Learn about the nearest location of vet clinics and the hours they open.
What to do in various strenuous circumstances
You need to be prepared in several pet emergencies, even if you do not know much about first aid for dogs.
✔️ How to Treat a Bleeding Dog
Pets are playful, and they may injure themselves in the field or with sharp objects inside the house.
- The first thing to do is to control the bleeding. If the pet loses too much blood, they may die.
- Check the bleeding area, and if possible, clean using running water.
- Apply gauze over the area before taking the pet to the veterinary for a more professional check-up.
Your pet may choke on something and they can’t seem to get it out of their system. Before you take them to the vet, check to see if they are in acute distress.
- Their tongue and gums will turn blue if they cannot breathe well.
- Place your hand over the muzzle and then open the mouth.
- If the object is visible, find a way to remove it without causing damage to the pet.
- Be cautious so as not to force the object blocking the way further down the throat.
- If this does not work, place your hands on the rib cage (at the end) and apply some pressure, pushing up, down, and slightly forward.
- The object should get dislodged. If not, contact your vet immediately.
♨️ Heat Stroke
When you find your dog panting or drooling fast or irregularly, the first thing you do is to check their respiratory activity.
- Are they breathing okay?
- Is the heart beating too fast and too irregularly? If so, your pet may be suffering from a heat stroke.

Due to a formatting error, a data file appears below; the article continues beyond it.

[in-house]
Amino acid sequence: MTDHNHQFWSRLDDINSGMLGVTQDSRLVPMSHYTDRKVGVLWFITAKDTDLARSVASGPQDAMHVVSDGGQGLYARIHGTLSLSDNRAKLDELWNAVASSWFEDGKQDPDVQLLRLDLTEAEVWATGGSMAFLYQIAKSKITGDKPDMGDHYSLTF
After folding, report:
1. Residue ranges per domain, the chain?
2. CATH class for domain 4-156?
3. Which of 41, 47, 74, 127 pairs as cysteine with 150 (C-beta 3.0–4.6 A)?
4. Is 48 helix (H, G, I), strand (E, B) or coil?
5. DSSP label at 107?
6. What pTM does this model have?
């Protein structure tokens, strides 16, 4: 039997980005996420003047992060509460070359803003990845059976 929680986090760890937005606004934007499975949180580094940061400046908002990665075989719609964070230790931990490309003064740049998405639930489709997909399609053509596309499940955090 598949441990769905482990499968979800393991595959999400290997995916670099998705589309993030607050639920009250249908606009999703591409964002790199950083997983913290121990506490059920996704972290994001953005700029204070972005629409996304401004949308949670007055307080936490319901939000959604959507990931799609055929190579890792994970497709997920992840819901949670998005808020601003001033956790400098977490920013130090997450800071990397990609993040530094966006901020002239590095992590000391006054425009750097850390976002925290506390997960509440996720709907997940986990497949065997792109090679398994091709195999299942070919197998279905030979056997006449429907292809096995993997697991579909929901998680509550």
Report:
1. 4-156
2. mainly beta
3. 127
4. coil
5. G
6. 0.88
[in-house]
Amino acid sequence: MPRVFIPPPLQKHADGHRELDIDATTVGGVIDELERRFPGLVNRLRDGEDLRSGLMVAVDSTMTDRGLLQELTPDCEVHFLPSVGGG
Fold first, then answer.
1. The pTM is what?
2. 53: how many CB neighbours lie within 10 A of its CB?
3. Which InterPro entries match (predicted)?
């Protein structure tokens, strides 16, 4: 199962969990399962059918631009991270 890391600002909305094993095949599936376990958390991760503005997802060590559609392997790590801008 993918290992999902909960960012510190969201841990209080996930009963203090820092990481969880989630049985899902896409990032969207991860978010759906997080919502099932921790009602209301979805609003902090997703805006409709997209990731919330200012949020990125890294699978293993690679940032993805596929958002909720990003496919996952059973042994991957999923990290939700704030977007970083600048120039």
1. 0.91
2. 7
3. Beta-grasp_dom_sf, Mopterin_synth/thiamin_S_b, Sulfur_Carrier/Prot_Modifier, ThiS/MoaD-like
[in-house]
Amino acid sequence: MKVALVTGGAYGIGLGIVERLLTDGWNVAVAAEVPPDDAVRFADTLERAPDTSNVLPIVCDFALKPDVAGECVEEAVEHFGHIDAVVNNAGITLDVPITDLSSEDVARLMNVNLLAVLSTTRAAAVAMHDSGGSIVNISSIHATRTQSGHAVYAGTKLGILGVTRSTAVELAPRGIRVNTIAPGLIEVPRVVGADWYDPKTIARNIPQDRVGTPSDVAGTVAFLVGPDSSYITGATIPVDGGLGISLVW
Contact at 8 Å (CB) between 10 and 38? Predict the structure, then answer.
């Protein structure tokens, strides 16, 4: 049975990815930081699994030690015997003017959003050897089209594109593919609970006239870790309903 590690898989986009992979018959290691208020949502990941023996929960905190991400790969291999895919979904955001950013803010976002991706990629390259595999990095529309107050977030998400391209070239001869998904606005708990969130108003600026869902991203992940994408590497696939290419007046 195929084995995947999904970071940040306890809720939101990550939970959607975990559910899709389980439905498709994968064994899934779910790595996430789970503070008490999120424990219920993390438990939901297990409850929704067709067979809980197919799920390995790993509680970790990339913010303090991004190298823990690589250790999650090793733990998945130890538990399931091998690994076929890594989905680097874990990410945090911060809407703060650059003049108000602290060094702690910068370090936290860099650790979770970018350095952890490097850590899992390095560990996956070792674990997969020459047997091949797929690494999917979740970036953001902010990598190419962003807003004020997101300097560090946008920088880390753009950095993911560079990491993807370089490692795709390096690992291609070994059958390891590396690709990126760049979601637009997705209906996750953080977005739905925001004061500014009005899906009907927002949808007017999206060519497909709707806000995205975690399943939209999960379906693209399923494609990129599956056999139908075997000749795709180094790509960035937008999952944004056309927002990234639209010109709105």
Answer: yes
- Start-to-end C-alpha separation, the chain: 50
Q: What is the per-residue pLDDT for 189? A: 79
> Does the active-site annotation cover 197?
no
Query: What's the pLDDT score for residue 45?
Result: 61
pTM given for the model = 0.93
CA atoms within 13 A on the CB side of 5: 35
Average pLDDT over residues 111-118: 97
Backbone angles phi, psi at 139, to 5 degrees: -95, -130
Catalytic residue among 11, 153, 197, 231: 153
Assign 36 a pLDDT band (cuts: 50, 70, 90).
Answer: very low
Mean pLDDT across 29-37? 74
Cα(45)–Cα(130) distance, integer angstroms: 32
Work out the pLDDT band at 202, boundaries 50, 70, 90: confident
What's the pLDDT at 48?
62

- Before you take them to the vet, place a wet towel around the head.
- Do not block the nostrils or the eyes.
- Repeat this process a few times; dip the towel in cold water, wring it out, and wrap it on the pet.
- If you have cold water around, pour some on the pet’s back and then take them to the vet.
Exposure to toxins and poisons is one of the dreaded pet emergencies you can ever have. Unfortunately, there are a lot of products inside our homes that could lead to pet poisoning.
Talk of detergents, chemicals, cleaning products, shampoos, and others. If your pet ingests poison, they might start having seizures or lose consciousness.
They may also have difficulty breathing. You should always consult a vet when this happens.
If they came into contact with harmful chemicals in their eyes, wash the eyes under clean, running water before taking them to the vet for further treatment.
🦴 Burns and Broken Bones
If your pet gets a burn from exposure to chemicals, you should wash the exposed area with a lot of clean, running water.
If they get burns from other forms, such as stepping on hot coal, apply ice to keep the burn cold and comfortable. It will heal over time.
Broken bones and fractures may be hard to treat as a first aid. However, you should try to keep your pet as comfortable as possible when they have suffered a fracture, or a broken bone.
A sling works in most cases. Use whatever material is available to create a decent sling.
Then take the pet to the vet for proper treatment.
✨ When your Pet is Having a Seizure
Dogs and cats can have seizures for a variety of reasons. Whenever this happens, you should always consult a vet irrespective of how long the seizure lasted.
In the meantime, make sure that they stay away from any object that may cause harm to them.
- Do not hold the pet down as they might bite you.
- Keep your calm.
- Time how long the seizure lasted, whether it was vigorous and relay this information to your vet. They will know what to do.
🥘 What To Do If Your Pet Eats Something Poisonous
The ASPCA Animal Poison Control Center's 24-hour hotline (888) 426-4435 can be contacted if you suspect your pet has consumed a toxic substance.
A qualified toxicologist will evaluate your pet's health, what he ate, and how much of it he consumed, and then recommend treatment according to that assessment, including whether to induce vomiting.
They may charge you a consultation fee of $65 on your credit card.